Hundreds of mourners filled the cathedral to celebrate Armstrong’s life. Among them were Edwin Eugene “Buzz” Aldrin and Michael Collins, the other Apollo 11 astronauts who journeyed to the moon on July 20, 1969.
Members of the Armstrong clan, who previously convened for a private ceremony near their home base in Cincinnati, also attended, including Armstrong’s wife, Carol, and sons Mark and Rick.
Armstrong, 82, died Aug. 25 after what the family described as “complications resulting from cardiovascular procedures.”
All the speakers during the service praised Armstrong as a reluctant hero. They cited his Midwestern roots and said his upbringing in Ohio grounded him as a humble person. Armstrong, they said, will be forever known for placing his feet on the moon first, but neither he nor his friends felt like that superlative captured his love of the Navy and for being a test pilot of super-fast and dangerous aircraft.
As proud as he was of his moon walk, the mourners said, Armstrong always felt like he was merely one among many who made the moment happen.
The memorial service, which precedes Armstrong’s burial at sea on Friday, also featured tributes by Charles F. Bolden Jr., the administrator of NASA, and John W. Snow, the former Treasury secretary who was friends with Armstrong.
Singer Diana Krall, wearing a golden moon necklace, delivered a plaintive version of “Fly Me to the Moon.”
Bolden, a former astronaut, recalled attending last fall’s ceremony in which Armstrong and former senator John Glenn (D-Ohio), also a former astronaut, received the Congressional Gold Medal. It was Armstrong’s final public appearance in Washington, Bolden said.
“He spoke not on his own behalf,” Bolden said, “but accepted the medal, ‘on behalf of [our] fellow Apollo teammates, all those who played a role in expanding human presence outward from Earth, and all those who played a role in expanding human knowledge of the solar system and beyond.”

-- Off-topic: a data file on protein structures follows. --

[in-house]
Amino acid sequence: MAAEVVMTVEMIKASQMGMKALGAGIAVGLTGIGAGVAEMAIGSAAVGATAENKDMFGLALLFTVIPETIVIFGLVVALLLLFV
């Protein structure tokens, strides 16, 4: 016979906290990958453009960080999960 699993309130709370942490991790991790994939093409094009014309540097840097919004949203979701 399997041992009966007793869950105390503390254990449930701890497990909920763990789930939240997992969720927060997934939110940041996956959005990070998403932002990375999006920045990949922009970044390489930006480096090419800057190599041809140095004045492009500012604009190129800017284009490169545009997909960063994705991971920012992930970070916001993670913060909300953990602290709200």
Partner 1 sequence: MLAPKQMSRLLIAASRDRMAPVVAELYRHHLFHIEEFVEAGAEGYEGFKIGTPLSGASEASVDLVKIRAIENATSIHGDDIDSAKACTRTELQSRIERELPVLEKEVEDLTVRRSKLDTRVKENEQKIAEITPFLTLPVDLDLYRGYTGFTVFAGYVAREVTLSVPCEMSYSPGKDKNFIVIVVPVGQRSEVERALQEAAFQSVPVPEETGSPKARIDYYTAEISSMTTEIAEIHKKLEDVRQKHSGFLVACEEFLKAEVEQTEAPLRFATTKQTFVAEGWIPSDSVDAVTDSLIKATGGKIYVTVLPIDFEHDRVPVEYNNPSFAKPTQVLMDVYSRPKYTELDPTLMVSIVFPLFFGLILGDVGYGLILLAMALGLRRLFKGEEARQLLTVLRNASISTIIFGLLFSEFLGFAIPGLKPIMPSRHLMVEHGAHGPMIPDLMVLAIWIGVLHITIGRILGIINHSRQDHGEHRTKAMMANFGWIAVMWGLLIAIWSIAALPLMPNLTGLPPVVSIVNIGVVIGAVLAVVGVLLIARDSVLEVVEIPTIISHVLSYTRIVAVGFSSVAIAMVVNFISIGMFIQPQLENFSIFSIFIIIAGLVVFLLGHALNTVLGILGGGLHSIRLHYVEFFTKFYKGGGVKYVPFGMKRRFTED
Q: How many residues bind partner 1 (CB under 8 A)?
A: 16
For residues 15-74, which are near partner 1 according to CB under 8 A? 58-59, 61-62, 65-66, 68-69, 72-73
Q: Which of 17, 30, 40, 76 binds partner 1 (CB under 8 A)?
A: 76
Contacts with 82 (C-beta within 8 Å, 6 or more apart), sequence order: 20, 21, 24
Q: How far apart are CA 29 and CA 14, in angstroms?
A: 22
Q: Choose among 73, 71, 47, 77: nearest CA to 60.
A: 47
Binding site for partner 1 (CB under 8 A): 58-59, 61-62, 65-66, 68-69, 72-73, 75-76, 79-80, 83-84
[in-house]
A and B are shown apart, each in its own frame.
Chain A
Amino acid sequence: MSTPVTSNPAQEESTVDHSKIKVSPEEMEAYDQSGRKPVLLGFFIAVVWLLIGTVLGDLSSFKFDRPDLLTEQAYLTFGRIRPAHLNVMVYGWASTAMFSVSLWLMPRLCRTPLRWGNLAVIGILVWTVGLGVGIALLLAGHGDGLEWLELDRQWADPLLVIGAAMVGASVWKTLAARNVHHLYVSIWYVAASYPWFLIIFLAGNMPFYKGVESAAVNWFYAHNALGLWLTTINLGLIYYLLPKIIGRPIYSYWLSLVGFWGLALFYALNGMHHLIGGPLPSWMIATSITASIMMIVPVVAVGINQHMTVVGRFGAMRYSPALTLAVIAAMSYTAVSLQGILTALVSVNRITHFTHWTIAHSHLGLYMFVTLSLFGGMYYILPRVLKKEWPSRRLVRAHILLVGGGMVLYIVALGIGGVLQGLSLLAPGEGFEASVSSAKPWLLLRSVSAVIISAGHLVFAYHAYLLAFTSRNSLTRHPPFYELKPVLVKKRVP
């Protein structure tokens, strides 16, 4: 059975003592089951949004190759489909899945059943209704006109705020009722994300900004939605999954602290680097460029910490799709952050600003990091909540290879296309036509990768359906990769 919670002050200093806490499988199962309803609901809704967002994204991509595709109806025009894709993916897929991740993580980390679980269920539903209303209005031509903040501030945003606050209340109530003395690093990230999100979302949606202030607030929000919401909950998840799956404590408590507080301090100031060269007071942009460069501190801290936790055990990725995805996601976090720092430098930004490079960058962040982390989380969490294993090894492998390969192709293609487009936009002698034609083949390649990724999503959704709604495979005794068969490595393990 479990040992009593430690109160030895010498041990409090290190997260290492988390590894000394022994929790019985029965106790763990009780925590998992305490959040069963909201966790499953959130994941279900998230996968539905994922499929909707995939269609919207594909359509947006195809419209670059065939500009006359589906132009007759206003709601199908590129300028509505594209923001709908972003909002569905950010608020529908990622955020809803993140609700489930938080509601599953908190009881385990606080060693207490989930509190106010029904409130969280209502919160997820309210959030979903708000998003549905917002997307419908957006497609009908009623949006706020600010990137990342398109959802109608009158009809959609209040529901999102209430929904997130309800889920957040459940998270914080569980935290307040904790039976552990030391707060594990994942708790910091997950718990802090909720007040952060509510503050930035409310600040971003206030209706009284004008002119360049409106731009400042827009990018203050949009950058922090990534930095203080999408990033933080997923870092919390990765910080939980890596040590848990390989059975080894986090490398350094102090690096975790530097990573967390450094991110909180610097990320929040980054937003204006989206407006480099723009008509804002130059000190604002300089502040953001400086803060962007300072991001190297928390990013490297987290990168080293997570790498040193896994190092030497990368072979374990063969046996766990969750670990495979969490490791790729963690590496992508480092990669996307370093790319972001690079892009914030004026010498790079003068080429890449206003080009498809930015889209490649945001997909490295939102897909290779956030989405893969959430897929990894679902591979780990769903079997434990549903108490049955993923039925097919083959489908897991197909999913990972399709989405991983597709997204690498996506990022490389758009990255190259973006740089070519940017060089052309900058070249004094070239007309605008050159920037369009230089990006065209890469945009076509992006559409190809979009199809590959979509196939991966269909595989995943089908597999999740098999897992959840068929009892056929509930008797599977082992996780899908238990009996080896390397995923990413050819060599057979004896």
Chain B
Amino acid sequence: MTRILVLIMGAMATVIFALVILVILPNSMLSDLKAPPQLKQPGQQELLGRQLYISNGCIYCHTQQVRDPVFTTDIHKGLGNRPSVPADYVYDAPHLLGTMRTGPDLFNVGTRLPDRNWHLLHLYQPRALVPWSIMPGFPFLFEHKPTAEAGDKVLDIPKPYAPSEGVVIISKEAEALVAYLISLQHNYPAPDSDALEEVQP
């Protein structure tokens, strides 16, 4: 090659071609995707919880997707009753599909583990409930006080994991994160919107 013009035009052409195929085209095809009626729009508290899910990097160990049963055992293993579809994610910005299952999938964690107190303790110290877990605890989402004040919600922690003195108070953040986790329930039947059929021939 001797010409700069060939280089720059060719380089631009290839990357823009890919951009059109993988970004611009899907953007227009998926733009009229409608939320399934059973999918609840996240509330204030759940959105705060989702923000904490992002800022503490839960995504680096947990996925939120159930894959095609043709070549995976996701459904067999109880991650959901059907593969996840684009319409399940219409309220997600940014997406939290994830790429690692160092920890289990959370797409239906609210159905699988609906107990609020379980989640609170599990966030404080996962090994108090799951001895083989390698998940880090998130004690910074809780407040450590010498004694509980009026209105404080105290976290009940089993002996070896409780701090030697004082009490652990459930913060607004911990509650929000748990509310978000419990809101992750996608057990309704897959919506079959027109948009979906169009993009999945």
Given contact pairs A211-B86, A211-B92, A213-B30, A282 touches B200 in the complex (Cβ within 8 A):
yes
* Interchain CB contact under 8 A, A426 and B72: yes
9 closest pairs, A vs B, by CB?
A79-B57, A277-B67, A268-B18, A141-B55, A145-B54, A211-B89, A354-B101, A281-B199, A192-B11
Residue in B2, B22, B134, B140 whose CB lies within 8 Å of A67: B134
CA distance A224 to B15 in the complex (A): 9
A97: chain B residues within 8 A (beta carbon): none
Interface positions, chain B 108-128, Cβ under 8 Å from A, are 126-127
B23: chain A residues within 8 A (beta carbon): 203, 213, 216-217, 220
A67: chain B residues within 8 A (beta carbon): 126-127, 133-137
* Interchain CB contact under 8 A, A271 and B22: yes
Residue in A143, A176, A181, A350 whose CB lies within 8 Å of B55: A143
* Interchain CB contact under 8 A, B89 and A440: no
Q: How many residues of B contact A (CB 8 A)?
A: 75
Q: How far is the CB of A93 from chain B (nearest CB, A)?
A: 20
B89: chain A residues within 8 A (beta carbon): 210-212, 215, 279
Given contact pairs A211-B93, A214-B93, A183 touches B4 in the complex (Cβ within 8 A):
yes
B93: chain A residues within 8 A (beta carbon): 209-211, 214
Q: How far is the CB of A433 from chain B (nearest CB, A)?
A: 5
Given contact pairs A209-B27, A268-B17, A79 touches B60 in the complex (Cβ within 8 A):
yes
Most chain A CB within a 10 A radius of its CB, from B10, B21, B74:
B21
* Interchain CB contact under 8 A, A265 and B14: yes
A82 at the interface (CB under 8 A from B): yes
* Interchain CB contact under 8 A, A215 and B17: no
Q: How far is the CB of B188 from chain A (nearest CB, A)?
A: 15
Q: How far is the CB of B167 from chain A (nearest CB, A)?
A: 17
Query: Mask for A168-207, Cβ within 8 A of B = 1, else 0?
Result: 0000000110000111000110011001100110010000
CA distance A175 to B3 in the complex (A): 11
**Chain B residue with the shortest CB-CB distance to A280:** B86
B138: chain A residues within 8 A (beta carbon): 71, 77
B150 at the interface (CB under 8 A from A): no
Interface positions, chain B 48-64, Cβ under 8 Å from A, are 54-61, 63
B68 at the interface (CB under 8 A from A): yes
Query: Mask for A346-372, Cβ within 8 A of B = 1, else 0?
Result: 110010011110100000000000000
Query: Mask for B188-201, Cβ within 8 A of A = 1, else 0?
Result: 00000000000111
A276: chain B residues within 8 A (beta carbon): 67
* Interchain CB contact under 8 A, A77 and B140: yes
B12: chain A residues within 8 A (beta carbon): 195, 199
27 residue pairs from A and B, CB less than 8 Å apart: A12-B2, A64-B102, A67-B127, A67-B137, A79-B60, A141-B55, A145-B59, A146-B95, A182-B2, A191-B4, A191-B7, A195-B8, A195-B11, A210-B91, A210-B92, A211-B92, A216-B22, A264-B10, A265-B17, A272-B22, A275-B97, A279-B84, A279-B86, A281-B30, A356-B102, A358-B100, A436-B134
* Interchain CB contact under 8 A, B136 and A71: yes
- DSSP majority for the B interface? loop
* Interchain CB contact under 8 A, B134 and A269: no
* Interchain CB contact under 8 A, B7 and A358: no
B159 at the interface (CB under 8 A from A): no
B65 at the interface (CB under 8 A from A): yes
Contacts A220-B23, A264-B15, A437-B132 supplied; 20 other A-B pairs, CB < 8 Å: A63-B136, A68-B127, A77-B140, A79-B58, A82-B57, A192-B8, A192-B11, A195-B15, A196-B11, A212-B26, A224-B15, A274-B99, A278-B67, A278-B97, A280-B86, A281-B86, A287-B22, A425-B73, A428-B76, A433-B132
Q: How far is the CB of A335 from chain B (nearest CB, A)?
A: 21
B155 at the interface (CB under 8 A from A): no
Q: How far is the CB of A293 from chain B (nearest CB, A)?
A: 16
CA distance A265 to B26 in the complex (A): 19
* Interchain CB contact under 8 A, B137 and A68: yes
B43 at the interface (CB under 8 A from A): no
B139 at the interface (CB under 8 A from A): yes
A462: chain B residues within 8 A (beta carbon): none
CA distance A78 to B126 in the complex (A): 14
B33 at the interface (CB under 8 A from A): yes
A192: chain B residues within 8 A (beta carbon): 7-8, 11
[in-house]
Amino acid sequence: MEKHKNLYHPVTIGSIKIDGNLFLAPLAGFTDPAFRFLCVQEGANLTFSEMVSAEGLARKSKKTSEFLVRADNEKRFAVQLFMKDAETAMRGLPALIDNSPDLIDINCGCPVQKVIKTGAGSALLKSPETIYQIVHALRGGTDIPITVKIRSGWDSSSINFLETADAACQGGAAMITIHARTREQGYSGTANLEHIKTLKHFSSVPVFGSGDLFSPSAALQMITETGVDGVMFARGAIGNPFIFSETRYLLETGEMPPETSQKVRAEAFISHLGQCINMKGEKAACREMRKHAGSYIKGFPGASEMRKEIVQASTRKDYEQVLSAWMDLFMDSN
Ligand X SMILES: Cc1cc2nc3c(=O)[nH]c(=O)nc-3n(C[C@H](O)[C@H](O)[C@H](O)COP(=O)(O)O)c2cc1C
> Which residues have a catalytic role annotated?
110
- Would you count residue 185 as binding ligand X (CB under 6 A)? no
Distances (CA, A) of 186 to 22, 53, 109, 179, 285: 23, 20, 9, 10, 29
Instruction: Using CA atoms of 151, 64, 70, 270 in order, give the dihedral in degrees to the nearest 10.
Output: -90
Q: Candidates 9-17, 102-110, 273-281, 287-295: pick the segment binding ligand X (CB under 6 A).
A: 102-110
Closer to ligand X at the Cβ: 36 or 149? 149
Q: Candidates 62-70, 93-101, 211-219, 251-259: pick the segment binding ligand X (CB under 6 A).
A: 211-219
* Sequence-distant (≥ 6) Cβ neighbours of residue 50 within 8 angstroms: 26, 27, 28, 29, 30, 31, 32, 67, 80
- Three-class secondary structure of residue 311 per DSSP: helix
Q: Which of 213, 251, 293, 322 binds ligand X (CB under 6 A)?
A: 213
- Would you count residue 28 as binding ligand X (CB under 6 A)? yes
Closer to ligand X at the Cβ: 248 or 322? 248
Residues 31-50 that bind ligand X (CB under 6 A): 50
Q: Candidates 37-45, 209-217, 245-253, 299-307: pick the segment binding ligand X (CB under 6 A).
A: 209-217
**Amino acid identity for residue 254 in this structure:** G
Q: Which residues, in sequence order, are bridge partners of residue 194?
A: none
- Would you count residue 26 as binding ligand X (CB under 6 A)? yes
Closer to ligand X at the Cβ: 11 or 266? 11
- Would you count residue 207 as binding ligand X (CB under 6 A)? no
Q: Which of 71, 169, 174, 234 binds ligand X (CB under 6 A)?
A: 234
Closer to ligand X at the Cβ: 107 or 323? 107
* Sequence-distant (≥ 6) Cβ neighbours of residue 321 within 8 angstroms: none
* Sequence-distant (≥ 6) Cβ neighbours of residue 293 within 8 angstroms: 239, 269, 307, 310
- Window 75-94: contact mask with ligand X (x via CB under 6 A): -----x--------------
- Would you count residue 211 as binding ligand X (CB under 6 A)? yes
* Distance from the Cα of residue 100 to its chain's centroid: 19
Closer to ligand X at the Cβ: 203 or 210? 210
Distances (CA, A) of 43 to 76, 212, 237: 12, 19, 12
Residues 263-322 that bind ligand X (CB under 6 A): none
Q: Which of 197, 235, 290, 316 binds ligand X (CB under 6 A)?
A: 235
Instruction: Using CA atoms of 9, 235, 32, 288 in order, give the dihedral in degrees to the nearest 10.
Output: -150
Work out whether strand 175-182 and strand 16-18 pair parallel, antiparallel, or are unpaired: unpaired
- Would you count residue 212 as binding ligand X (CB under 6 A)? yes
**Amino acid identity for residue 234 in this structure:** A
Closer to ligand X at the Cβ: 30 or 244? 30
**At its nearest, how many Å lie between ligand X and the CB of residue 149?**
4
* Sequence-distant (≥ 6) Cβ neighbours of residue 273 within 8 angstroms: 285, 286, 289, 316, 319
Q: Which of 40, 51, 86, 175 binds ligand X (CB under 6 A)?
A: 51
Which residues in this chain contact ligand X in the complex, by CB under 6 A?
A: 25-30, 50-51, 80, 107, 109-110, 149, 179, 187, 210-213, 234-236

Snow, the former chief executive of the CSX railroad system who served as Treasury secretary under President George W. Bush, remembered Armstrong as an agonizingly deliberate golf partner.
“You’d wait for him to putt. He’d survey the line to the hole. He’d measure the dew on the green,” Snow recalled. “You sometimes wondered, ‘Neil, are you ever going to hit the ball?’ He couldn’t help but be the engineer.”
Collins, the Apollo 11 command ship pilot who wrote a memoir about their flight, read a prayer, thanking “the creator of the universe” for “your servant Neil Armstrong, who with courage and humility first set foot upon the moon.”
In her homily, the Rt. Rev. Mariann Edgar Budde analyzed why Armstrong was so defiantly humble. People always asked Armstrong, she said, why he didn’t bask in his triumph.
“‘Because,’ he said. ‘I didn’t deserve it,’ ” Budde quoted Armstrong as saying, before she added: “This was not, I am convinced, an expression of Midwestern modesty, an attempt to minimize his passionate ambition . . . it was simply the truth: No one goes to the moon alone. No one accomplishes anything of lasting value in any realm of human endeavor alone.”
After the service, one of Armstrong’s fellow astronauts, David Scott, who flew with him on Gemini 8 in Earth’s low orbit in 1966, remembered how their spacecraft went berserk, and they almost died.
If it weren’t for Armstrong’s ability to solve problems and help get them back to Earth safely, Scott said with a laugh, “We’d still be up there.”